The main addition in watchOS 3.2 is Theater Mode, which you toggle via a new button in Control Center (swipe up from the bottom of the screen). When enabled, Theater Mode turns on silent mode and disables the standard Raise to Wake behavior, leaving the screen off until you tap it. That prevents the Apple Watch from lighting up in a dark theater if you raise your wrist for any reason.
Apple also expanded the Apple Watch’s support for Siri to include independent apps, so you can now theoretically use Siri to start workouts, send messages, make payments, book rides, and more. Siri support in non-Apple apps extends only to a few categories of apps, and developers have to support it, so don’t expect that you’ll be able to talk to every app.
On the international side of things, Scribble is now available in French, Spanish, and Italian. And, for those who have been frustrated by the lack of feedback when syncing music to the Apple Watch (which seems to take forever!), music playlist sync progress now appears in the Watch app on the iPhone.
As with every operating system update these days, there are a slew — — of security fixes worked into watchOS 3.2.
tvOS 10.2 and Apple TV Remote app -- Finally, Apple released tvOS 10.2, which mostly provides things of interest to developers (and), but does offer one nice refinement for users. You can get the tvOS 10.2 update on your fourth-generation Apple TV via Settings > System > Software Updates > Update Software.
tvOS 10.2 now provides what Apple calls “Accelerated Scrolling support” for apps. In practice, this means that you can swipe up or down on the far-right side of the Siri Remote’s touchpad to navigate quickly through long lists. In the screenshot below, the jump points appear as dots, each one representing a page in the list.
Most of the user-facing improvements to the Apple TV are found in the, which Apple updated to version 1.1. It has now been optimized for iPad support, though don’t get too excited: it seems to be essentially the same as the iPhone version, just larger (that’s a whole lot of black in the screenshot below). When I downloaded the app on my iPad, I still had to filter the App Store search results for “iPhone only” apps to be able to see it.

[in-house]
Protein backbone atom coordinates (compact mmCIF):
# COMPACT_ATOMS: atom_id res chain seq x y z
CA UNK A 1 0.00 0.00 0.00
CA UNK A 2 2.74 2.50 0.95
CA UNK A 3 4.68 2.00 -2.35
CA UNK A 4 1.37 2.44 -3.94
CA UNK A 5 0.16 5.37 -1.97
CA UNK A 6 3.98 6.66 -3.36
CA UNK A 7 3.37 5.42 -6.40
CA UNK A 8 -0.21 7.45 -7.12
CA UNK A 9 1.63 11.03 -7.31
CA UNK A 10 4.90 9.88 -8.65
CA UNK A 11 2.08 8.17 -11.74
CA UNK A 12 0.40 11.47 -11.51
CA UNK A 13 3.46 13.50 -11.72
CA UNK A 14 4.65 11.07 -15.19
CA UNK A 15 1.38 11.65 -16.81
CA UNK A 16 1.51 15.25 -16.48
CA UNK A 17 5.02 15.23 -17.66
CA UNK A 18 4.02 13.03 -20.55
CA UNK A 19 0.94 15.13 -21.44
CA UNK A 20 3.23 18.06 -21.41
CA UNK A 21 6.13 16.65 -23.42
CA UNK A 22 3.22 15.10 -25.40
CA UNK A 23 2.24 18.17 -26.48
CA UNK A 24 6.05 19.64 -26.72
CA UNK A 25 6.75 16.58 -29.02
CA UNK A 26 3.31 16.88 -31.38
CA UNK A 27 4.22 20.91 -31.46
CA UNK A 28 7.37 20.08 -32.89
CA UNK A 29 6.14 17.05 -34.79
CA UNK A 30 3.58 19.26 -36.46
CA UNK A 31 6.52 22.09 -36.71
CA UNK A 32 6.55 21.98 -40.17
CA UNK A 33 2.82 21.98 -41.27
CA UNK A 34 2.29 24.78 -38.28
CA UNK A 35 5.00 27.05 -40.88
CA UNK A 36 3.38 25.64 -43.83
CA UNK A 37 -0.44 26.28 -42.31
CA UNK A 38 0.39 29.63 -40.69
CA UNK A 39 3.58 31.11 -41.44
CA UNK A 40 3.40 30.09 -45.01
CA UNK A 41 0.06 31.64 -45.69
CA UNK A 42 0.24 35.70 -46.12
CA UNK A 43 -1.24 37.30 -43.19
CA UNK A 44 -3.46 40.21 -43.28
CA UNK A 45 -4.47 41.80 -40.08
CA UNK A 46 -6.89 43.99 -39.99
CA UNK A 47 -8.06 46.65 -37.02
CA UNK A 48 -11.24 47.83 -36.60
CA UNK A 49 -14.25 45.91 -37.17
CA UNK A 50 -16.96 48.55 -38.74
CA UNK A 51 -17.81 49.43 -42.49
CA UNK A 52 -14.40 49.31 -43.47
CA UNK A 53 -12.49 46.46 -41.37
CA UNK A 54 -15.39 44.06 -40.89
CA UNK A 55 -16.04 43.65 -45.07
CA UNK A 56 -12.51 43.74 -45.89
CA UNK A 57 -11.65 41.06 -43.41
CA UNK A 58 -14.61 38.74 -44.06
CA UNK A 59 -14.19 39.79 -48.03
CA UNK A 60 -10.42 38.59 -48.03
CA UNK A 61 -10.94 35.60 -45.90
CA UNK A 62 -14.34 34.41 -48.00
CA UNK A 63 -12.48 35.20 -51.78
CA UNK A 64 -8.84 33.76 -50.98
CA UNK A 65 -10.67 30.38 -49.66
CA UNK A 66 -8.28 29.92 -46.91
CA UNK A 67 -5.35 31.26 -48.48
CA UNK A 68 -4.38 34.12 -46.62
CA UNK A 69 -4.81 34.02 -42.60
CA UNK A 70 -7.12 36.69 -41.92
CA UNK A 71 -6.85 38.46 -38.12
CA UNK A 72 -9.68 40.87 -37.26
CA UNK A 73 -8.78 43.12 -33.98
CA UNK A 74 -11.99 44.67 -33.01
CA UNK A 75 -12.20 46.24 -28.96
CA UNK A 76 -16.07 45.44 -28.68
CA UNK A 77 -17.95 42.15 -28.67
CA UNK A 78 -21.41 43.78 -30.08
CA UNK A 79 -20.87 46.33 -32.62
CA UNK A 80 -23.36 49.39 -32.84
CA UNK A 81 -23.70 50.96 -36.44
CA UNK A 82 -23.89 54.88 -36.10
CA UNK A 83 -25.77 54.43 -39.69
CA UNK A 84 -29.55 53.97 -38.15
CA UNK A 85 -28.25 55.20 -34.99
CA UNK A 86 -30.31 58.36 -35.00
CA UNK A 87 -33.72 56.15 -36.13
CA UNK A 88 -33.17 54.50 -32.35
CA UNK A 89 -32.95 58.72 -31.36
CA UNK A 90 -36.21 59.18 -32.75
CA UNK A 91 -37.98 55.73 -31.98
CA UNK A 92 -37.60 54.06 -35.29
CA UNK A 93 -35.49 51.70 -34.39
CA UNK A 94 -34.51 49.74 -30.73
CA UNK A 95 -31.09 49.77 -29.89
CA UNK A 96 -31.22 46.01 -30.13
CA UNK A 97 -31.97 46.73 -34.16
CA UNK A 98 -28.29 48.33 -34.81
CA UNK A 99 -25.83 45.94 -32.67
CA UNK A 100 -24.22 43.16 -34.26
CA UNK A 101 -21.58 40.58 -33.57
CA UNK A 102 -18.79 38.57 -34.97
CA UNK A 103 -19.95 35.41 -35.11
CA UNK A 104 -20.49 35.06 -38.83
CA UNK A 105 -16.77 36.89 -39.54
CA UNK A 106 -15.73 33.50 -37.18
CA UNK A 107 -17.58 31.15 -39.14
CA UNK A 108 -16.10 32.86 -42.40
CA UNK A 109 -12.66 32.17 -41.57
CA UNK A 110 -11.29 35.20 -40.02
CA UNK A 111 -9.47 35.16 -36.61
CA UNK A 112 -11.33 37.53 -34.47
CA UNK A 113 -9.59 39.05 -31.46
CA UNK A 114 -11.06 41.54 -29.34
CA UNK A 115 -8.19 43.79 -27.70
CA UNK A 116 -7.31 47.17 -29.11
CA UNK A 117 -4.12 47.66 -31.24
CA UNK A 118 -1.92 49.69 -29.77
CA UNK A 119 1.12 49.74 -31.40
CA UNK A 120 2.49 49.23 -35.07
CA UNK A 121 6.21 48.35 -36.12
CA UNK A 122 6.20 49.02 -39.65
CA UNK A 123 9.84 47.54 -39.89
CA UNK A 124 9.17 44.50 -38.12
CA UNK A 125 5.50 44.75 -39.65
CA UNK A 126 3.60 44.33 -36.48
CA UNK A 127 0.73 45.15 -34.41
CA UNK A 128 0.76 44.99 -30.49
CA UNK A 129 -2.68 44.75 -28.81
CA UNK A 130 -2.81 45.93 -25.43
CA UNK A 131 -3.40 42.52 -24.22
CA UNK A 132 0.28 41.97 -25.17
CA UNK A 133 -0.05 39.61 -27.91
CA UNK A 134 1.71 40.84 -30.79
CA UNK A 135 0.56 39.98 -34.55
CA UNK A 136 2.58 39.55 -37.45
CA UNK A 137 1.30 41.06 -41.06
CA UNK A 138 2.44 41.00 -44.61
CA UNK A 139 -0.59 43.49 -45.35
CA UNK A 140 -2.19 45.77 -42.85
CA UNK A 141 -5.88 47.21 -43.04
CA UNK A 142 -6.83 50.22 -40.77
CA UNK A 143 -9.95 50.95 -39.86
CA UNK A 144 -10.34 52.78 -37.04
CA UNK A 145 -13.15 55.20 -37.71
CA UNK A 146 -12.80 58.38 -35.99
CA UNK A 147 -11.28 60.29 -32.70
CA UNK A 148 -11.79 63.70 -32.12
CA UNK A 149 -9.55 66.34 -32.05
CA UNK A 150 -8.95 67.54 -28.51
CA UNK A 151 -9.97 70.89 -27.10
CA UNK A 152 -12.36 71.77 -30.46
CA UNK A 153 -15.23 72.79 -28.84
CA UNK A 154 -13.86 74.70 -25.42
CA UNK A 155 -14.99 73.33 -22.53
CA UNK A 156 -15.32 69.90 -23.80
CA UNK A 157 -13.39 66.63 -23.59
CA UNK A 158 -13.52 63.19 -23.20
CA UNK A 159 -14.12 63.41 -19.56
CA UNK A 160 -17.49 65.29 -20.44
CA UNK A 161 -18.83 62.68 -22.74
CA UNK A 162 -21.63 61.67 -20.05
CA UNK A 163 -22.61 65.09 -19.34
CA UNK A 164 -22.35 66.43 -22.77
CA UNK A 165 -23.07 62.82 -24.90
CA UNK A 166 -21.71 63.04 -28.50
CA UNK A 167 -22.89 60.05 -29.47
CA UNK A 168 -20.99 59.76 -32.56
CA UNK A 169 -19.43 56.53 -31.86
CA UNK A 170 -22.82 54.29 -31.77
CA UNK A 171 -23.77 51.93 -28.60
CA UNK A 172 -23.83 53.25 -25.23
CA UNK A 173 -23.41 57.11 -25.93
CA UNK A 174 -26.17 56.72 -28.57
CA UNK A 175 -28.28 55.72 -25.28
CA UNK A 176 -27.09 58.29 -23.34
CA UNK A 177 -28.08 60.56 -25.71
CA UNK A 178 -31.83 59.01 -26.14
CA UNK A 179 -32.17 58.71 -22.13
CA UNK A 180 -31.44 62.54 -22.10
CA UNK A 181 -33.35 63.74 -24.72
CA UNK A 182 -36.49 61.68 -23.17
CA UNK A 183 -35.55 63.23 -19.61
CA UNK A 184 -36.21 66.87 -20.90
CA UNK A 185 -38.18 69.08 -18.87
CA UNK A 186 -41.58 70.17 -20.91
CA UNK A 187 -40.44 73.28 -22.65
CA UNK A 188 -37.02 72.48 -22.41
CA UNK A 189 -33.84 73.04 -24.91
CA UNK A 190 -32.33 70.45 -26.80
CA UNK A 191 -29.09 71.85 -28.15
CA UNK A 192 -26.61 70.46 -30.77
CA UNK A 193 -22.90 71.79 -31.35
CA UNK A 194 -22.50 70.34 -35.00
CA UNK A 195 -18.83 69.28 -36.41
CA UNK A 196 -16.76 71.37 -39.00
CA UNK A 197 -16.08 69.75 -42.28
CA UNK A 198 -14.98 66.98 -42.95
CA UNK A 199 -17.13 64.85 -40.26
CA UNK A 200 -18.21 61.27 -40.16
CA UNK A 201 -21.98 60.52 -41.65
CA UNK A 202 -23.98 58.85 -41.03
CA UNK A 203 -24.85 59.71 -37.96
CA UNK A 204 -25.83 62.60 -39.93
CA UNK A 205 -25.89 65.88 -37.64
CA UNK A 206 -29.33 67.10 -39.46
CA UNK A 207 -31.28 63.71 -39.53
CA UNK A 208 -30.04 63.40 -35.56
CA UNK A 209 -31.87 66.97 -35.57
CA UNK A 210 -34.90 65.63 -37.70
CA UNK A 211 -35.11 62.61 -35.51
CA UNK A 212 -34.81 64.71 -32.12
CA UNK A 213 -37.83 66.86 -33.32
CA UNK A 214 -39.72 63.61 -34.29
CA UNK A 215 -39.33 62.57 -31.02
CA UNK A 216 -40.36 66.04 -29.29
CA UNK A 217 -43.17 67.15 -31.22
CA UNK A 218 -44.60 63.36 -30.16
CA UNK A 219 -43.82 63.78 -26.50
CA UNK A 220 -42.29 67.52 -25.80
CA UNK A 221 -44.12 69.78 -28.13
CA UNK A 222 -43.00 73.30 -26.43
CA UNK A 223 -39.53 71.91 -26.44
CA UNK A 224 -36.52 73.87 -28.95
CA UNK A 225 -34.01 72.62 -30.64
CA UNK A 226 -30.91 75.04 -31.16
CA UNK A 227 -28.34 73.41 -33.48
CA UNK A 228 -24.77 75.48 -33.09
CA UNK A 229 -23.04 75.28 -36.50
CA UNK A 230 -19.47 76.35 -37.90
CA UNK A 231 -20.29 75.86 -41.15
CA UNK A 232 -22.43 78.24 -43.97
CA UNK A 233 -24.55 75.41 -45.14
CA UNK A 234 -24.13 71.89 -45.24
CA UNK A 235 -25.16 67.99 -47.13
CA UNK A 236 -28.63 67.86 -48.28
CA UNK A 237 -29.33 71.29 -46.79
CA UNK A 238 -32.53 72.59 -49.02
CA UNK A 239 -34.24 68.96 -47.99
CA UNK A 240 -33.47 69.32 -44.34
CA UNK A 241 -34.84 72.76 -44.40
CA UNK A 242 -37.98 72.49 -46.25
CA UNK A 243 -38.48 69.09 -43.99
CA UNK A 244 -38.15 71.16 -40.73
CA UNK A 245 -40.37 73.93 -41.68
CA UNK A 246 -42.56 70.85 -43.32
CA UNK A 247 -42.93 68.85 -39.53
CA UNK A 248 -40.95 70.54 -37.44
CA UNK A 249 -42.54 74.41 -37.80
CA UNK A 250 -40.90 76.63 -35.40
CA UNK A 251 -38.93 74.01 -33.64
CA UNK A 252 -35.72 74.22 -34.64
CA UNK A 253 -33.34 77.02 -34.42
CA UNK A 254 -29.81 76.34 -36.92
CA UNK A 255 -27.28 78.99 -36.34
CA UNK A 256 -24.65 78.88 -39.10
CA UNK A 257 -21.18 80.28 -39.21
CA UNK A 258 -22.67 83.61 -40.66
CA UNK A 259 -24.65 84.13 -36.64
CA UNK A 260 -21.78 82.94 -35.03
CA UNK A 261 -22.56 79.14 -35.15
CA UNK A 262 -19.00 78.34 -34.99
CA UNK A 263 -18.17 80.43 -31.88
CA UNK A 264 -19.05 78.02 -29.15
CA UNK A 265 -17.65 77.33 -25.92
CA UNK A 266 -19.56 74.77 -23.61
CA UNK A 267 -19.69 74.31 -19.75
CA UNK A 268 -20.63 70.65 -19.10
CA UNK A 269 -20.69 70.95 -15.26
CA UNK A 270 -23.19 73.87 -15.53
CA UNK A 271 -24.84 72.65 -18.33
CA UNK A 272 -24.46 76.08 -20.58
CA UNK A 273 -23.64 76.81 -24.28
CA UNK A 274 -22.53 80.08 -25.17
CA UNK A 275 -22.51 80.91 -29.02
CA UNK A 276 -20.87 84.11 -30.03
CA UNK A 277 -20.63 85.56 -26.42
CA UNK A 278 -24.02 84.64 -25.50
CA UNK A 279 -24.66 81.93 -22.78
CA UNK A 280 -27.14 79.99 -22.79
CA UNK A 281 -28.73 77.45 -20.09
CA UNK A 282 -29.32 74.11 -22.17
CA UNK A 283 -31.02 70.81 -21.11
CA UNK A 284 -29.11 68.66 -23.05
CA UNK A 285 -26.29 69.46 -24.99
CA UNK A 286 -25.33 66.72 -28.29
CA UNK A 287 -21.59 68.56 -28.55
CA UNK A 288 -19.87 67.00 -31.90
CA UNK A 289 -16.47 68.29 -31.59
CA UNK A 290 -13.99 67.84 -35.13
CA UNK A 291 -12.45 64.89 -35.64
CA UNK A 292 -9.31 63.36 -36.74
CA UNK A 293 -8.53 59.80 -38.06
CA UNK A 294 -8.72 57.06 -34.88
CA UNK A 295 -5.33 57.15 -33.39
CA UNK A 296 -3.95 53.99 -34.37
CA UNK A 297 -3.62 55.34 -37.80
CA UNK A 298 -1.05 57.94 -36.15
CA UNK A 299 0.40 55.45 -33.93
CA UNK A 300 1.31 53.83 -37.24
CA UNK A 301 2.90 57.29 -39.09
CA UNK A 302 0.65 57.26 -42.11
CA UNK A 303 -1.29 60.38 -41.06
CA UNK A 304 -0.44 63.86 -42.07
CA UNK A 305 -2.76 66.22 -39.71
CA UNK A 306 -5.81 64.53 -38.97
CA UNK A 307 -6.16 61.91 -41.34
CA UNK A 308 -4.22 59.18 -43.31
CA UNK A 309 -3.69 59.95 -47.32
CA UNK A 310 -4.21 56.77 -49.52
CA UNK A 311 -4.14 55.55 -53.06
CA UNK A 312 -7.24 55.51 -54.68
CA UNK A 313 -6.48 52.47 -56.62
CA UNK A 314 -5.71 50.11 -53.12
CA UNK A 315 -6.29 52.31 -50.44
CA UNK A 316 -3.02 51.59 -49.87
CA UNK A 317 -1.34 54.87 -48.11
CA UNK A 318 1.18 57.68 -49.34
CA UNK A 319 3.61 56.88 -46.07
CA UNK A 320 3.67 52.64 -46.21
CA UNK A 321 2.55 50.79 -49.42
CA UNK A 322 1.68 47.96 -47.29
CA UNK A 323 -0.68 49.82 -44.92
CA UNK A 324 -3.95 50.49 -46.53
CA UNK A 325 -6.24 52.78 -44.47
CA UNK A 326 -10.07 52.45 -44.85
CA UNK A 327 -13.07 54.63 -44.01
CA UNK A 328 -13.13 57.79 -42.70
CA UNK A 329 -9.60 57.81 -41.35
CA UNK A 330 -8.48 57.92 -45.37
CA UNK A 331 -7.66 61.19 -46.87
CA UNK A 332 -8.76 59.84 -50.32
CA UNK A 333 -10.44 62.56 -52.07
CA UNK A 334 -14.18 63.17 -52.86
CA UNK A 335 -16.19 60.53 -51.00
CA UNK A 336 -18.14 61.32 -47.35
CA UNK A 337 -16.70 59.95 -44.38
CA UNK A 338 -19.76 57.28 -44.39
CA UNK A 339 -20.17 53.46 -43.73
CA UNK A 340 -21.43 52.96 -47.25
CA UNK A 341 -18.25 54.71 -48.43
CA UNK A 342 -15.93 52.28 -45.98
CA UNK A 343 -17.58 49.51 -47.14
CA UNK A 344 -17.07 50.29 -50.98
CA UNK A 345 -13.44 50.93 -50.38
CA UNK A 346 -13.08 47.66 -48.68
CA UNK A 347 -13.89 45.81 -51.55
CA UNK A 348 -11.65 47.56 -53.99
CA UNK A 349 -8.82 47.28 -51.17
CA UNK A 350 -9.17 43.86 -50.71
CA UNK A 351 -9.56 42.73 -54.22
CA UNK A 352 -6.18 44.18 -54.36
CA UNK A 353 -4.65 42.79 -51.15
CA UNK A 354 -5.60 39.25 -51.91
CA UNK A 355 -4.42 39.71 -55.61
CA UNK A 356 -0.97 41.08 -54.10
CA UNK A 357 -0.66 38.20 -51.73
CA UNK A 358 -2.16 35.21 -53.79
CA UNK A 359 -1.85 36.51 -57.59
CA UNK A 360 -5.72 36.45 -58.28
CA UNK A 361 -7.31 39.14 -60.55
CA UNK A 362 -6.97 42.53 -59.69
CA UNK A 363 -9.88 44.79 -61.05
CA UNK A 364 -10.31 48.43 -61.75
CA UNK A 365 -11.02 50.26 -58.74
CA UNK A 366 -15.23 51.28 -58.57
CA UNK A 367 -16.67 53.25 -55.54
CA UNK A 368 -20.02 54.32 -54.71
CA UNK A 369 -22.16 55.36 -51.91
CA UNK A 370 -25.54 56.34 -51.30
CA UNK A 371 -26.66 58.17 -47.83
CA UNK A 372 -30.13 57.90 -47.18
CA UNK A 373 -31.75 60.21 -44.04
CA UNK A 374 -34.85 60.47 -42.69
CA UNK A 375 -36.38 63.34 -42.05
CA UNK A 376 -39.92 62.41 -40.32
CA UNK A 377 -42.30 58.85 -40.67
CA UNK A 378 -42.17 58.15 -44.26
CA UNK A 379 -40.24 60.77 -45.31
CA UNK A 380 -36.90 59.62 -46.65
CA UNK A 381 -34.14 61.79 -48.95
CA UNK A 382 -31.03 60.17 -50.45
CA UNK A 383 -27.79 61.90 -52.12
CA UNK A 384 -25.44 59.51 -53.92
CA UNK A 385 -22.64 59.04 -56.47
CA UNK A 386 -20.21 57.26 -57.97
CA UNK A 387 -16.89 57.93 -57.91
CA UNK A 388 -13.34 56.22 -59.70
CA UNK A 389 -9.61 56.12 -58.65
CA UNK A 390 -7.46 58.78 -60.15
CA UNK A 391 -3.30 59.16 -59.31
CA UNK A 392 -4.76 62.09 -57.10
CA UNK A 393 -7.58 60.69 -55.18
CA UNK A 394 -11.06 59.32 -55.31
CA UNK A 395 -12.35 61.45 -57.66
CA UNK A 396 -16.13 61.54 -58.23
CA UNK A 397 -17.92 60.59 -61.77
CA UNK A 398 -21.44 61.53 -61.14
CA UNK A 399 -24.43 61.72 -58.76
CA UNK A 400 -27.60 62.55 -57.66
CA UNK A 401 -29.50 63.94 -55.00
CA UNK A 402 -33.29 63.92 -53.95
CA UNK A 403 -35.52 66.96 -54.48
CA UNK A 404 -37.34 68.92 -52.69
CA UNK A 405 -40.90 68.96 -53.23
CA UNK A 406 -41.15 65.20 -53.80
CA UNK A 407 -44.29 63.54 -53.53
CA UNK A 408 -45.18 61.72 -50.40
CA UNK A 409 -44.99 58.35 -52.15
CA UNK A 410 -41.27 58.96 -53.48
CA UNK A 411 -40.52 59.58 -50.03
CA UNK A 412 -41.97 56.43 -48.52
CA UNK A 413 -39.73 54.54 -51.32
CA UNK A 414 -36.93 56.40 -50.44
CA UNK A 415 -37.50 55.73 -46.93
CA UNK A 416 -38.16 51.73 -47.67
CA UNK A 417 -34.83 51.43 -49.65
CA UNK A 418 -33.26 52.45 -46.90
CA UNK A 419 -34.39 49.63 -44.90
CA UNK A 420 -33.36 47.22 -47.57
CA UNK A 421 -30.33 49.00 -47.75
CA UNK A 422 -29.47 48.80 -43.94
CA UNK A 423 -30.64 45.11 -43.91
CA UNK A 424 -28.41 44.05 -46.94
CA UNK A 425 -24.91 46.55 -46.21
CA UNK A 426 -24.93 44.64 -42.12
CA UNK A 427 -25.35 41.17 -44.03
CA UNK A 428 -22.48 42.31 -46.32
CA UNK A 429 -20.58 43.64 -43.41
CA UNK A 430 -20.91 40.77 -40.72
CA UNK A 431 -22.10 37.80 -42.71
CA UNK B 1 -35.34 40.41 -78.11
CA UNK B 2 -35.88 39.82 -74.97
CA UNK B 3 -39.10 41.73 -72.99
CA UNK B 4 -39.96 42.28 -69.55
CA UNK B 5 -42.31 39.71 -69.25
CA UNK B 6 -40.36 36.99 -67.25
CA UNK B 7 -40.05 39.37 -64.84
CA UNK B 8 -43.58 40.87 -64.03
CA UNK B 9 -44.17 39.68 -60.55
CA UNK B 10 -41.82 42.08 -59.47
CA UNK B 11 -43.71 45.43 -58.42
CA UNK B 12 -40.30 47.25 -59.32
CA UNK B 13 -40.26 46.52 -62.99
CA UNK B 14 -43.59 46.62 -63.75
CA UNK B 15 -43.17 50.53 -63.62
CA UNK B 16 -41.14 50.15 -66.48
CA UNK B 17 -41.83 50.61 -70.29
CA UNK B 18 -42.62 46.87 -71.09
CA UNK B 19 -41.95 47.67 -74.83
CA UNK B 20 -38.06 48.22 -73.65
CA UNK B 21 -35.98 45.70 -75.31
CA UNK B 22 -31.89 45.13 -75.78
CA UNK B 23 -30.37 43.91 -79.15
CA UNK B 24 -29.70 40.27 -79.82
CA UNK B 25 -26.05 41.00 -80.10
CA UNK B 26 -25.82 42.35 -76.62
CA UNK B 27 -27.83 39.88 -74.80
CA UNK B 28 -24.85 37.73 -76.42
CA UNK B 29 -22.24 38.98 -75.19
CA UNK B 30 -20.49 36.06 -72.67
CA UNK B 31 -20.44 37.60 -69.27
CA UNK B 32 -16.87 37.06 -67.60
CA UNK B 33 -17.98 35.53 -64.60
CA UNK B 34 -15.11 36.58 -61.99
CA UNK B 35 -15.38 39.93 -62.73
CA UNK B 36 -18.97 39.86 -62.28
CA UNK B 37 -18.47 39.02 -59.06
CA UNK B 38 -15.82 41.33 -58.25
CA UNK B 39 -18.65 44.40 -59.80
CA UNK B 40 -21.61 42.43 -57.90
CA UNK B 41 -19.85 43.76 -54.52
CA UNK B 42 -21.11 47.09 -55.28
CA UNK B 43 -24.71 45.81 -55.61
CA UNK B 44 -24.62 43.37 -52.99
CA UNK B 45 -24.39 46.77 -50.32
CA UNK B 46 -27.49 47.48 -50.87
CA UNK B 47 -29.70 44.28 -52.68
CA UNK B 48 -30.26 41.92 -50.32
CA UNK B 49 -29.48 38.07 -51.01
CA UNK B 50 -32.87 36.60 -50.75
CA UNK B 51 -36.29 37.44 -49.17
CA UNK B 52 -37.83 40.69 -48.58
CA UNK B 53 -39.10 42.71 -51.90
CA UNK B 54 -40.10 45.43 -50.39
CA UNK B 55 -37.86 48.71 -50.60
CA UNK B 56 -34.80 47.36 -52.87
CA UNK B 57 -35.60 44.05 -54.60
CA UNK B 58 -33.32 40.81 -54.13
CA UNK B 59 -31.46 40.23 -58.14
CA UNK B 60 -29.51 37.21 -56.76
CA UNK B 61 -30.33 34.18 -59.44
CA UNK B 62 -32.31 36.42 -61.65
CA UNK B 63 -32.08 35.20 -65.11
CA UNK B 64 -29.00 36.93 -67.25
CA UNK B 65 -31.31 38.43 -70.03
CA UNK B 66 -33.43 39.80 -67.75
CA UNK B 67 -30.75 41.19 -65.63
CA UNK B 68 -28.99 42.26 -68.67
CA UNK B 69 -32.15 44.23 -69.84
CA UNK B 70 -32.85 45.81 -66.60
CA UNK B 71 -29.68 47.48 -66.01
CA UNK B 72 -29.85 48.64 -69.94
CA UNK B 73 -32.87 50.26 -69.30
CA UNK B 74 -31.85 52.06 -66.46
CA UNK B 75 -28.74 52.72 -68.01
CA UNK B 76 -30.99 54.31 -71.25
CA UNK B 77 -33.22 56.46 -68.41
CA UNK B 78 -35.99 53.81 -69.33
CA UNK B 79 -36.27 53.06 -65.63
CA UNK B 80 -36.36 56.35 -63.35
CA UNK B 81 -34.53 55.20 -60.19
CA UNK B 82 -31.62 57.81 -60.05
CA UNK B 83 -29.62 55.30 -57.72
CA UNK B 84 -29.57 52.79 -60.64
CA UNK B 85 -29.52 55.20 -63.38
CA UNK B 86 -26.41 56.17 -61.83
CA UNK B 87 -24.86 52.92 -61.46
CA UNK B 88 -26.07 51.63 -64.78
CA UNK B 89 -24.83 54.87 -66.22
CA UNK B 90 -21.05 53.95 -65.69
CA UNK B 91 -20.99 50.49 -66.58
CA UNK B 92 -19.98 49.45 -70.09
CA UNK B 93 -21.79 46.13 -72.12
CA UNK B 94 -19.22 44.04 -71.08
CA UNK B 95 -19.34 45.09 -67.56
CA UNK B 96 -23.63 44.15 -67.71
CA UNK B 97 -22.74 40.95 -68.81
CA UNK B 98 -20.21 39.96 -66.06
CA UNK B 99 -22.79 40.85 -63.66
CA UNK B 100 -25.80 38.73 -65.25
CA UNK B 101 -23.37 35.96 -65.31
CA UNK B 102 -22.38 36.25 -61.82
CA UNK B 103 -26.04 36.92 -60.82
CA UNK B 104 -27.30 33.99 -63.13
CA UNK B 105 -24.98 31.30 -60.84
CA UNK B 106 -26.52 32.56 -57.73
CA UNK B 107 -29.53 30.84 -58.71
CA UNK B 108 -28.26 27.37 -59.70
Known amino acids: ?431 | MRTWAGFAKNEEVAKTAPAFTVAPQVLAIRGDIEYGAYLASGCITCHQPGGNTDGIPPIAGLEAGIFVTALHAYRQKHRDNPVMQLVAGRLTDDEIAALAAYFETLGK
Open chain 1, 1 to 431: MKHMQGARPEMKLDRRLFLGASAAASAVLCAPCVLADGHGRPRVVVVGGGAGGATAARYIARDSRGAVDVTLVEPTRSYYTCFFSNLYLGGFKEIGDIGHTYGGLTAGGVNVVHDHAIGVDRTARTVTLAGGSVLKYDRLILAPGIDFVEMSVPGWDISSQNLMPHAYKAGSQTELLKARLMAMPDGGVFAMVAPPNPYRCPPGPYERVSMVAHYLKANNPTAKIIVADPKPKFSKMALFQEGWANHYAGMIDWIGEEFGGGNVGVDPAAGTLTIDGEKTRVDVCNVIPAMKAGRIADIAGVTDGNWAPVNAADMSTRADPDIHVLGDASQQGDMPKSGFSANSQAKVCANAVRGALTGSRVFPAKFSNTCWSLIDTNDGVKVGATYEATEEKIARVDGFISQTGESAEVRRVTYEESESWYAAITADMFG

Another improvement in the Remote app is an enhanced Now Playing screen. While playing media, you can tap Details in the upper right to view the currently playing media, along with direct media controls, such as pause and rewind. If you swipe up on that screen now, you can see additional detail. For instance, doing so when playing music shows your Up Next queue.
And swiping up on Now Playing while watching a movie shows additional movie information and a chapter list.
The Update Question -- As always, the question we’re asked after one of these mega-release days is if users should jump on the updates or not. We’ve installed them all and haven’t noticed any serious problems in initial use, but that’s relatively meaningless. Our take is that there’s no real reason to install any of these updates immediately unless you’re suffering from a problem expressly addressed by them. However, given the number of security fixes involved in each one, we do strongly recommend that you update within a few weeks.